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"To the editor of the Pharmaceutical Journal"

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The Pharmaceutical Journal
(1 April 1847): 474-475

PDF from photocopy; Taubman Medical Library, University of Michigan.

To the Editor of the Pharmaceutical Journal.

Sir,--I shall be obliged if you will allow me, in reply to an observation in the last number of your journal, to state that the resemblance between the inhaler of Mr. Jeffreys, and that I have introduced for the vapour of ether, is not a coincidence, but is the result of my previous acquaintance with the former, and approval of it; and that I have never failed to mention the circumstance when saying or writing anything about the apparatus. The first notice of it in print appeared simultaneously in two medical journals, and contained the following words: "The instrument which Mr. Ferguson, of Smithfield, was making for him, was on the plan of the inhaler of Mr. Jeffreys, with some alterations and additions." (Med. Gaz. Jan. 22, p. 156, and Lancet, Jan. 23, p. 99.)

The object of the apparatus is to regulate the proportion of vapour in the air by regulating the temperature; and to effect this, I take advantage of the capacity for caloric which there is in two or three pints of water, and of the conducting power of metal of which the instrument is formed. The form I have adopted, is a matter of detail to enlarge the surface of ether exposed to the air.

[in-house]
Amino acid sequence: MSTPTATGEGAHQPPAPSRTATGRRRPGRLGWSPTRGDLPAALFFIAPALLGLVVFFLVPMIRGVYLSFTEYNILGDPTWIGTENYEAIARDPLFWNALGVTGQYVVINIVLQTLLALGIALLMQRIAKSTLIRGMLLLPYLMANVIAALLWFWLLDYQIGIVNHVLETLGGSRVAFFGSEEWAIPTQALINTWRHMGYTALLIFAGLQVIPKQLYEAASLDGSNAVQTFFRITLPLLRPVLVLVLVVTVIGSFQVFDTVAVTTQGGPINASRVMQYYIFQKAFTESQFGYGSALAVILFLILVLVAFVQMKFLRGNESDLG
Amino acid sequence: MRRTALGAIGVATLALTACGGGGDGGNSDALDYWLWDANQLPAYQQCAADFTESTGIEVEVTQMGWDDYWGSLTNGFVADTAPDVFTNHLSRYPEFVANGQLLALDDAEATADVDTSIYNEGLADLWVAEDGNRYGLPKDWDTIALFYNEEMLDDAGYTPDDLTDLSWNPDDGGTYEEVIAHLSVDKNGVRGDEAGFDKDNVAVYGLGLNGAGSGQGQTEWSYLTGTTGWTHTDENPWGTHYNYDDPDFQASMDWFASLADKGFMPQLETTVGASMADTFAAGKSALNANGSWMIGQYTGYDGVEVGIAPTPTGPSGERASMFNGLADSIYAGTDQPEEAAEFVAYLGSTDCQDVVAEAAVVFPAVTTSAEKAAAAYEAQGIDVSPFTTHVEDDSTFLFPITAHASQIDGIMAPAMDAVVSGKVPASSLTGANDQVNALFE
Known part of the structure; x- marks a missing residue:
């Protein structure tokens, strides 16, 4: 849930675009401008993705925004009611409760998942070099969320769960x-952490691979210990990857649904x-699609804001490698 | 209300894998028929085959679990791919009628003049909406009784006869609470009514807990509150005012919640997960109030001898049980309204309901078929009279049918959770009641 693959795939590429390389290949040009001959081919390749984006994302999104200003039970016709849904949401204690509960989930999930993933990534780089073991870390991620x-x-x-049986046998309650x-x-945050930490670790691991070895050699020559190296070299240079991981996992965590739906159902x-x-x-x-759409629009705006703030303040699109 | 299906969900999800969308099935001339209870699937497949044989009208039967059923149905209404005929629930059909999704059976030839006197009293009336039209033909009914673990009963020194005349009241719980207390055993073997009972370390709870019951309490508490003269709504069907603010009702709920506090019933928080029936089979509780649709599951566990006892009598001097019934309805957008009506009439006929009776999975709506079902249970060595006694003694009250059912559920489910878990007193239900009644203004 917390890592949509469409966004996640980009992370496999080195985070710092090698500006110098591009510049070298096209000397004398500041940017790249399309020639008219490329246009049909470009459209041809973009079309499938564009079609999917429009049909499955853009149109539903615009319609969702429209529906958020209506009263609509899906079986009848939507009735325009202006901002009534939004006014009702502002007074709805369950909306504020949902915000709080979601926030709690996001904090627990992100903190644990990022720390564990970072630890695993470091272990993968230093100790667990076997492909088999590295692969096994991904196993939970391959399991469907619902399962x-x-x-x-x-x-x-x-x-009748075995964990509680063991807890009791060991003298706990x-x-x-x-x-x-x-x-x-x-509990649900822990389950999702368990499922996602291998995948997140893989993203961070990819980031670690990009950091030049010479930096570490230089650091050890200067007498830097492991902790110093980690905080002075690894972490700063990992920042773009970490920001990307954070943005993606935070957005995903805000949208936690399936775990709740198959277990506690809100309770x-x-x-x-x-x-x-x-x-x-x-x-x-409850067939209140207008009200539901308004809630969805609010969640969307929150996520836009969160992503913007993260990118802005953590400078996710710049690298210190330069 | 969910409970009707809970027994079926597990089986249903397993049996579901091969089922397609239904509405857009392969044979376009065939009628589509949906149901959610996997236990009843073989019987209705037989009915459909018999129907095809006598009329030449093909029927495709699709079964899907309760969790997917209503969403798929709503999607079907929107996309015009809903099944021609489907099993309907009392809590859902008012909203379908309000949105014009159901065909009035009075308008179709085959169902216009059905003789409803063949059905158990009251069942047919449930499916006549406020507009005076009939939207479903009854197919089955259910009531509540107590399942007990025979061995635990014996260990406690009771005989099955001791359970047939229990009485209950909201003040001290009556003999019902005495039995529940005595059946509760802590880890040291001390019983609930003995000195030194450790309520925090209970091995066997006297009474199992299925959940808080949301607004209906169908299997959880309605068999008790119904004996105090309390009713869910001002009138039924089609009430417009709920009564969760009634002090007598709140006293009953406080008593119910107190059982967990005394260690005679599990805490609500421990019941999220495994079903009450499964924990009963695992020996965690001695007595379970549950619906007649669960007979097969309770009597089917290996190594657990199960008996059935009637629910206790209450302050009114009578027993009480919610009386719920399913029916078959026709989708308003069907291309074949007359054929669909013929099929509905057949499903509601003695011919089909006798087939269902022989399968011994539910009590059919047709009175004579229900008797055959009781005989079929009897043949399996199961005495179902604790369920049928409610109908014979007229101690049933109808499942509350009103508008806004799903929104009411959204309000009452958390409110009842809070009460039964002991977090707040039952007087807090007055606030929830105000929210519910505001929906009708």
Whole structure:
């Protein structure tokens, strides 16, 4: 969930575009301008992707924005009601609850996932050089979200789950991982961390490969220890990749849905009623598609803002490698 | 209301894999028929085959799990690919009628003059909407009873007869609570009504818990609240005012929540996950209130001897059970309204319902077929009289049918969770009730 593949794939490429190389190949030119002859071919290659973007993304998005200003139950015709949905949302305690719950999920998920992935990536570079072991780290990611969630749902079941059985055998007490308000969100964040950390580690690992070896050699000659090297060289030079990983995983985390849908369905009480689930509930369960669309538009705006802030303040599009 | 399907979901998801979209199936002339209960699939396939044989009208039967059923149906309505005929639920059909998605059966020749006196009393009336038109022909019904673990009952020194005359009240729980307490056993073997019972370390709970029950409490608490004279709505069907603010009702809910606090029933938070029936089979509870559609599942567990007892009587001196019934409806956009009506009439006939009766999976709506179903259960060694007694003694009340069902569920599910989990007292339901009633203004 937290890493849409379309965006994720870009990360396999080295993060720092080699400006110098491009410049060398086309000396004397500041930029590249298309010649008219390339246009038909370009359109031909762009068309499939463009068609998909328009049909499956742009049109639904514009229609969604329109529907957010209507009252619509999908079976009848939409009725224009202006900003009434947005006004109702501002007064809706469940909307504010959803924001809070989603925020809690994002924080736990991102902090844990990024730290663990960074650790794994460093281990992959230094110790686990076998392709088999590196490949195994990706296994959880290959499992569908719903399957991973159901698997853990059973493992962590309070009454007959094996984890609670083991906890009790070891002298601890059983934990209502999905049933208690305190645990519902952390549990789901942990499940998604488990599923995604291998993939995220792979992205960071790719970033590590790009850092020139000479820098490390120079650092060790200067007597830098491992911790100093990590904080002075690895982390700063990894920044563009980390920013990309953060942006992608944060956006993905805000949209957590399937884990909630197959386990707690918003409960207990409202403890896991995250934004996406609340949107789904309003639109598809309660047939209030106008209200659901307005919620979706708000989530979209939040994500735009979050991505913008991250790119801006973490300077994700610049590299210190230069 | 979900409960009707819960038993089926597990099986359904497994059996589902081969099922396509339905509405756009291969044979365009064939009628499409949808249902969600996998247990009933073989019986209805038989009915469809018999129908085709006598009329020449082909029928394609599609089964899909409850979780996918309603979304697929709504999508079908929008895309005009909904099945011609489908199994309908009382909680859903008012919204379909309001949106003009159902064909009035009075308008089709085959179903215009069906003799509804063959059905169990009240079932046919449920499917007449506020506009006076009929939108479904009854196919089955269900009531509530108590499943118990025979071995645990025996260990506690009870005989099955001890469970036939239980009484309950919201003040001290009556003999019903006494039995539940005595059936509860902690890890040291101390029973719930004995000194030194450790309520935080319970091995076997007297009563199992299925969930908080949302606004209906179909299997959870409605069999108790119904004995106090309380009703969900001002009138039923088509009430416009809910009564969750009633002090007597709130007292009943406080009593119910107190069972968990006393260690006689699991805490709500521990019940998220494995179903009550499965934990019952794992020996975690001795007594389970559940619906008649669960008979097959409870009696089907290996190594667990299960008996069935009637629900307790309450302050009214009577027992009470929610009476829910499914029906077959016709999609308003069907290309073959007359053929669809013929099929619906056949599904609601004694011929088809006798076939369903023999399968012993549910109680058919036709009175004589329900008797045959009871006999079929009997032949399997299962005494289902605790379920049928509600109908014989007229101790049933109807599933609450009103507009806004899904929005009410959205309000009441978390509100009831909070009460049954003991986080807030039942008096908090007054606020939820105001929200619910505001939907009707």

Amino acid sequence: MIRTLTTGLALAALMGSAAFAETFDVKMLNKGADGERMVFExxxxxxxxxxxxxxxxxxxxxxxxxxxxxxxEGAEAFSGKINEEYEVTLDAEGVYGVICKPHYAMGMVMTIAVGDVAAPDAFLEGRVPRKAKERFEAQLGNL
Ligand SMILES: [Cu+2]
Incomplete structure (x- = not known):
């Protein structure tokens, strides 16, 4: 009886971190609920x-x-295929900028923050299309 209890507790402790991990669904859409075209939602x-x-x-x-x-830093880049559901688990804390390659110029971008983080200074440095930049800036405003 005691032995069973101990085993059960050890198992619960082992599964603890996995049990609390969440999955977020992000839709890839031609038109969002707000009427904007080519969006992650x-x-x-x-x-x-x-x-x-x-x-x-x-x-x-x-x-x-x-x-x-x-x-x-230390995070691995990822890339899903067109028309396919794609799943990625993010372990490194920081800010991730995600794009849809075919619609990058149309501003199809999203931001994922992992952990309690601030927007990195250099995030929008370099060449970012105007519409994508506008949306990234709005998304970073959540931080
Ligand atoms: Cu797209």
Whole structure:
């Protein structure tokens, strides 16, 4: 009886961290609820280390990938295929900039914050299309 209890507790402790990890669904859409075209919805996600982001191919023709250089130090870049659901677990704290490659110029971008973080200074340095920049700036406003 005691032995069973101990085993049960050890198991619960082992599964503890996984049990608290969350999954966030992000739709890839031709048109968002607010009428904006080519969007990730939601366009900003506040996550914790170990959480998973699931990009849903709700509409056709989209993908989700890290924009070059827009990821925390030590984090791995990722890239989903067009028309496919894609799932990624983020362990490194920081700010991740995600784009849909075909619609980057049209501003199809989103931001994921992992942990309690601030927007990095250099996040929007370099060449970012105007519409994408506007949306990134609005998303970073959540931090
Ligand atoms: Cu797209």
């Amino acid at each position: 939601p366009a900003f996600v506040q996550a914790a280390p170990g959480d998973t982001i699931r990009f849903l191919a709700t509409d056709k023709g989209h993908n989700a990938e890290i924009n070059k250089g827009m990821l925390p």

The table you honoured me by publishing in the February number, is correct for ether, which is not free from alcohol, and boils at 104°. To make it correct for washed ether, which boils at 100° four degrees must be deducted; for instance, for 40° read 36°, and so on, and for washed ether deprived of its water by potash, and boiling at 98°, six [474/475] degrees must be deducted. As I have stated elsewhere, I made us in constructing that table, of the formula for the elastic force of the vapour of ether, by Dr. Ure, in his paper on Heat, in the Philosophical Transactions for 1818; having ascertained by experiments, that it could be used with correctness for that purpose.

I remain, Sir, your obedient servant,

John Snow, M.D.

54, Frith Street, Soho, March 5th, 1847.

[We regret the observation we made last month, which, from Dr. Snow's statement, appears to have been erroneous.--Ed.]

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